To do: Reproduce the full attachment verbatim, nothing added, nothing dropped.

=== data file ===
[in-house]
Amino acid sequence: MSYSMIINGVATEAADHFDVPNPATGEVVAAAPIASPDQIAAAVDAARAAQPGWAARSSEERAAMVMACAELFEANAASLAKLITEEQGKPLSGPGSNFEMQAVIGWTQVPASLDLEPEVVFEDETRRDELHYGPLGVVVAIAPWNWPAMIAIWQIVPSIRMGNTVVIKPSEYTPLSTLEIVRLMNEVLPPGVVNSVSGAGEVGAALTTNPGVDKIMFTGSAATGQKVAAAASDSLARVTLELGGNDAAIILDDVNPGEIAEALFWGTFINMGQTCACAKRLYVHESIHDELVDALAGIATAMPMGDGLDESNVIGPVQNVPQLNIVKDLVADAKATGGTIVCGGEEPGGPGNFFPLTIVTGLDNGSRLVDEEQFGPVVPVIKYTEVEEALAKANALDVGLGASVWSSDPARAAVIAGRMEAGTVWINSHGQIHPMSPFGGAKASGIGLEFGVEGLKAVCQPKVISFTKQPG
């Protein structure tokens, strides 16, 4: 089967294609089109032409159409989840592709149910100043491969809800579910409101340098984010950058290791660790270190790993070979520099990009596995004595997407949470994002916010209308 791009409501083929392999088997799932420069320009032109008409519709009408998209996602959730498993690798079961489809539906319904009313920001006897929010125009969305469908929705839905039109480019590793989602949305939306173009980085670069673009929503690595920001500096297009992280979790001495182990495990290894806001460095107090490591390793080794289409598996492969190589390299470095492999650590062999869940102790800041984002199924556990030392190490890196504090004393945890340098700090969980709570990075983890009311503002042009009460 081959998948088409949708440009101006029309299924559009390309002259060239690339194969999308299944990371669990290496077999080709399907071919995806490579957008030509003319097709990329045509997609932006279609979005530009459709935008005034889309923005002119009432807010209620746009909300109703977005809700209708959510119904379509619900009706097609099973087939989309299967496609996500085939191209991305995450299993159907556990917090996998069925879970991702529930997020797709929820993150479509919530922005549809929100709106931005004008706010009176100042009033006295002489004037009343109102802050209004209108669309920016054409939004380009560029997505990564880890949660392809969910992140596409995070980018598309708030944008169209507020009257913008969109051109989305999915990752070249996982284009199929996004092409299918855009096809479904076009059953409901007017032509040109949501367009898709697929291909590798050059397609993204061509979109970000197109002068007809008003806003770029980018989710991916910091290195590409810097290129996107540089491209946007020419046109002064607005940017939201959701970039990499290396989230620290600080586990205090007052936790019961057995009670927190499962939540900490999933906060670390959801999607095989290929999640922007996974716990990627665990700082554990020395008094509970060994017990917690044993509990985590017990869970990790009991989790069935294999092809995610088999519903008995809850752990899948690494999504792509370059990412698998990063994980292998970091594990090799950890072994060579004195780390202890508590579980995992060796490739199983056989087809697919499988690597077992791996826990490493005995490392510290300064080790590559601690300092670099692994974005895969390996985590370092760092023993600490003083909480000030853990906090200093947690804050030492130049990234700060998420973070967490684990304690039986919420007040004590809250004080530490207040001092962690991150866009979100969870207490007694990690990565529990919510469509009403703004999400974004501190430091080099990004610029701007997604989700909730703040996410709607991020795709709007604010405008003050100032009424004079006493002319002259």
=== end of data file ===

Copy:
[in-house]
Amino acid sequence: MSYSMIINGVATEAADHFDVPNPATGEVVAAAPIASPDQIAAAVDAARAAQPGWAARSSEERAAMVMACAELFEANAASLAKLITEEQGKPLSGPGSNFEMQAVIGWTQVPASLDLEPEVVFEDETRRDELHYGPLGVVVAIAPWNWPAMIAIWQIVPSIRMGNTVVIKPSEYTPLSTLEIVRLMNEVLPPGVVNSVSGAGEVGAALTTNPGVDKIMFTGSAATGQKVAAAASDSLARVTLELGGNDAAIILDDVNPGEIAEALFWGTFINMGQTCACAKRLYVHESIHDELVDALAGIATAMPMGDGLDESNVIGPVQNVPQLNIVKDLVADAKATGGTIVCGGEEPGGPGNFFPLTIVTGLDNGSRLVDEEQFGPVVPVIKYTEVEEALAKANALDVGLGASVWSSDPARAAVIAGRMEAGTVWINSHGQIHPMSPFGGAKASGIGLEFGVEGLKAVCQPKVISFTKQPG
């Protein structure tokens, strides 16, 4: 089967294609089109032409159409989840592709149910100043491969809800579910409101340098984010950058290791660790270190790993070979520099990009596995004595997407949470994002916010209308 791009409501083929392999088997799932420069320009032109008409519709009408998209996602959730498993690798079961489809539906319904009313920001006897929010125009969305469908929705839905039109480019590793989602949305939306173009980085670069673009929503690595920001500096297009992280979790001495182990495990290894806001460095107090490591390793080794289409598996492969190589390299470095492999650590062999869940102790800041984002199924556990030392190490890196504090004393945890340098700090969980709570990075983890009311503002042009009460 081959998948088409949708440009101006029309299924559009390309002259060239690339194969999308299944990371669990290496077999080709399907071919995806490579957008030509003319097709990329045509997609932006279609979005530009459709935008005034889309923005002119009432807010209620746009909300109703977005809700209708959510119904379509619900009706097609099973087939989309299967496609996500085939191209991305995450299993159907556990917090996998069925879970991702529930997020797709929820993150479509919530922005549809929100709106931005004008706010009176100042009033006295002489004037009343109102802050209004209108669309920016054409939004380009560029997505990564880890949660392809969910992140596409995070980018598309708030944008169209507020009257913008969109051109989305999915990752070249996982284009199929996004092409299918855009096809479904076009059953409901007017032509040109949501367009898709697929291909590798050059397609993204061509979109970000197109002068007809008003806003770029980018989710991916910091290195590409810097290129996107540089491209946007020419046109002064607005940017939201959701970039990499290396989230620290600080586990205090007052936790019961057995009670927190499962939540900490999933906060670390959801999607095989290929999640922007996974716990990627665990700082554990020395008094509970060994017990917690044993509990985590017990869970990790009991989790069935294999092809995610088999519903008995809850752990899948690494999504792509370059990412698998990063994980292998970091594990090799950890072994060579004195780390202890508590579980995992060796490739199983056989087809697919499988690597077992791996826990490493005995490392510290300064080790590559601690300092670099692994974005895969390996985590370092760092023993600490003083909480000030853990906090200093947690804050030492130049990234700060998420973070967490684990304690039986919420007040004590809250004080530490207040001092962690991150866009979100969870207490007694990690990565529990919510469509009403703004999400974004501190430091080099990004610029701007997604989700909730703040996410709607991020795709709007604010405008003050100032009424004079006493002319002259």